Last month, the European Court of Human Rights (ECtHR) issued its decision on a right to life case brought against Azerbaijan and Hungary.
An Azerbaijani military officer who killed one Armenian citizen and attempted to murder another, was found guilty and sentenced to life imprisonment in Hungary (where the crimes were committed). During the criminal proceedings, the defendant admitted that the main motive behind the crimes was the Armenian ethnic origin of the victims. However, when a few years later the convicted criminal was transferred to Azerbaijan in order to serve the rest of his sentence there, he was pardoned by the president immediately on arrival in the country. He was also promoted, offered an apartment and awarded eight years’ salary arrears.
The ECtHR found that Azerbaijan procedurally violated Article 2 of the European Convention of Human Rights (right to life), as the authorities of the country effectively impeded the full enforcement of the sentence for two crimes against life and health.
However, the ECtHR decided there had been no substantive violation of the same article, as the criminal acted individually and did not represent the Azeri Government, even though he had served as a military officer at the time. This conclusion was however contested in the dissenting opinion of one of the judges and has already been criticised in the media and by the official representatives of the state of Armenia.
Azerbaijan was also found to have violated Article 14 of the Convention (prohibition of discrimination) because it had been proven that the violent attack amounted to an ethnically motivated hate crime and the Azeri Government had later endorsed this act – by treating the criminal “as an innocent or wrongfully convicted person” who was “bestowed with benefits”.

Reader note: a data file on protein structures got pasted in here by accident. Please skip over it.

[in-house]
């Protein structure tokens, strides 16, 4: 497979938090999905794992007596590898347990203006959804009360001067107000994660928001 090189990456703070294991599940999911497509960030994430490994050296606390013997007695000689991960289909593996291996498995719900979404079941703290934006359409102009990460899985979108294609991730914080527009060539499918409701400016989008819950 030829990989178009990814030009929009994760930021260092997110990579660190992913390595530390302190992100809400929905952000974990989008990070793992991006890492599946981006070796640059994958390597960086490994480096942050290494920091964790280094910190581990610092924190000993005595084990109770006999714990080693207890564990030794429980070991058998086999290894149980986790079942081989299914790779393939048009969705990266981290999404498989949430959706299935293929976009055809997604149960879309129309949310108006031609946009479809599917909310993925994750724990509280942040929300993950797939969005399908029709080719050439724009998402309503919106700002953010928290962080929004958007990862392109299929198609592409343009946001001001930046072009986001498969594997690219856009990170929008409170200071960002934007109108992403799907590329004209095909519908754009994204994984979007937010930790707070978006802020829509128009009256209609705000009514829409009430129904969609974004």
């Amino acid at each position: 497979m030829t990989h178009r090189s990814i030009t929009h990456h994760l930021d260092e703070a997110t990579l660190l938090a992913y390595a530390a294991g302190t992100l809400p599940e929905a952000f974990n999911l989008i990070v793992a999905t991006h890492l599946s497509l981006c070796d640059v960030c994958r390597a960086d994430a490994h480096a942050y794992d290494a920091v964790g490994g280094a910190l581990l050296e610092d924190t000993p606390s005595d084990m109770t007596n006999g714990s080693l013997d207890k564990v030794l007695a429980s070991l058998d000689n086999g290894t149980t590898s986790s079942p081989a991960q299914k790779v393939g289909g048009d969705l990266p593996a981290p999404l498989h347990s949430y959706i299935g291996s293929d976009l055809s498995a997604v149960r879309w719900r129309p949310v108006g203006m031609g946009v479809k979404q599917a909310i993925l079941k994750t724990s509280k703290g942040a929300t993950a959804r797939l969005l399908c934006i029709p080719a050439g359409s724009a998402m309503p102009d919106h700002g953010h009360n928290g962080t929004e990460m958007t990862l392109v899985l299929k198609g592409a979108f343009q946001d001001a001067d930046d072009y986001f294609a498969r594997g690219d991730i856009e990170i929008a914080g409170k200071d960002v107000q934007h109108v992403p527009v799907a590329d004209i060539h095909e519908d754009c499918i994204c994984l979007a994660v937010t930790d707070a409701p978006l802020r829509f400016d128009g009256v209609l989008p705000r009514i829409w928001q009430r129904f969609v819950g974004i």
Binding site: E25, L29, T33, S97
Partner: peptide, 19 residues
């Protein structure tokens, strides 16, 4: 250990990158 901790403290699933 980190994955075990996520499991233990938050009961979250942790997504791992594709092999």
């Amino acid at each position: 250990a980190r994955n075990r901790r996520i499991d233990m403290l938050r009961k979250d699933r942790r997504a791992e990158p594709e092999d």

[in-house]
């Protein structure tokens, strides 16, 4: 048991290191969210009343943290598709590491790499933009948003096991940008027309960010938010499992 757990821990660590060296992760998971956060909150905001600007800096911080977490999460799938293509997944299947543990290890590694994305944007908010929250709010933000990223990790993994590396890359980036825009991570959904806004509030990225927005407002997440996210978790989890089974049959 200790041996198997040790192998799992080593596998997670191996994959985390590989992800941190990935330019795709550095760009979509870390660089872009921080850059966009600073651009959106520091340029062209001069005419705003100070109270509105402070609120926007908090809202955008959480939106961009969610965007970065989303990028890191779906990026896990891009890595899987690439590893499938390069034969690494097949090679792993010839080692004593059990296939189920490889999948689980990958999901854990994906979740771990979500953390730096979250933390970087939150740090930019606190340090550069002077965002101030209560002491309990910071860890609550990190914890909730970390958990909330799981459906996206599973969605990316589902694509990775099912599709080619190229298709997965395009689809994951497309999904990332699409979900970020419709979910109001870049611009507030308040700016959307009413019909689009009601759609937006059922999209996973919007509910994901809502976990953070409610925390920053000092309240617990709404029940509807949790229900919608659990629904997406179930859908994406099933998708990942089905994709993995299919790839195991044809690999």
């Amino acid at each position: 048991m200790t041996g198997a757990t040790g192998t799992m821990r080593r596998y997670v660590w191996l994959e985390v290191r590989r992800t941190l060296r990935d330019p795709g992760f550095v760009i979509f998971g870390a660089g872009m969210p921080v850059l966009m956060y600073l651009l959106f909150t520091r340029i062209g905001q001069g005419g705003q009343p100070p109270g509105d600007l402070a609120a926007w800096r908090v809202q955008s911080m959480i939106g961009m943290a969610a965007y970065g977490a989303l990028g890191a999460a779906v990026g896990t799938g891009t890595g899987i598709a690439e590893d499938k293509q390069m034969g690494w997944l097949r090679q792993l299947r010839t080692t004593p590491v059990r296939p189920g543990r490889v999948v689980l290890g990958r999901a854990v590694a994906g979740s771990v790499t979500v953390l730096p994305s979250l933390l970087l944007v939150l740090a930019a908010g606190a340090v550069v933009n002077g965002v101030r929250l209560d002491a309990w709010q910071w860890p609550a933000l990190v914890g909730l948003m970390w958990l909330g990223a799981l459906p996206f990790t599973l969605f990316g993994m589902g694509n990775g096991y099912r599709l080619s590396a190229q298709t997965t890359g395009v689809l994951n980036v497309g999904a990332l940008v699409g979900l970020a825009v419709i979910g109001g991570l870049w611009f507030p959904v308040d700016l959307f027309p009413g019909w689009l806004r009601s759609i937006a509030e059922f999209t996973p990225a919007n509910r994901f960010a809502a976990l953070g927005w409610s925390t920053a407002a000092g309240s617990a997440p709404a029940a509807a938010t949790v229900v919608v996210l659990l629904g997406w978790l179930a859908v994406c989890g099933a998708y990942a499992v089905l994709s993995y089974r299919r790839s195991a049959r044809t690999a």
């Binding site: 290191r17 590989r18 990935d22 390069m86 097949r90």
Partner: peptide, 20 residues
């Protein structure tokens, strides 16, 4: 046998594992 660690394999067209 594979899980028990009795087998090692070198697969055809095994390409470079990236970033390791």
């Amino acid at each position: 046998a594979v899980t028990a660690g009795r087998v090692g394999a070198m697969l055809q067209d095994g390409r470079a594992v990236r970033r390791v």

The applicants also claimed that Hungary should also be liable, as it executed the request for the criminal’s transfer without obtaining the necessary assurances that his prison sentence would be duly completed in Azerbaijan. However, the Court found there were no violations by Hungary, as this state had performed all the obligations imposed by the Transfer Convention.
The Head of the Press Service Department of the Ministry of Foreign Affairs of Azerbaijan has commented on the decision, noting “Armenia’s intention to use the European Court as a tool in the smear campaign against Azerbaijan and its attempts to politicize this institution”.
The decision once again shows that a state cannot escape responsibility for arbitrary actions – even if they are duly authorised under its own criminal procedure rules.
Gherson has extensive experience in assisting clients from various jurisdictions on their human right matters. If you would like to discuss any alleged human rights violations, please do not hesitate to contact us.
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Paralegal in our Complex Case team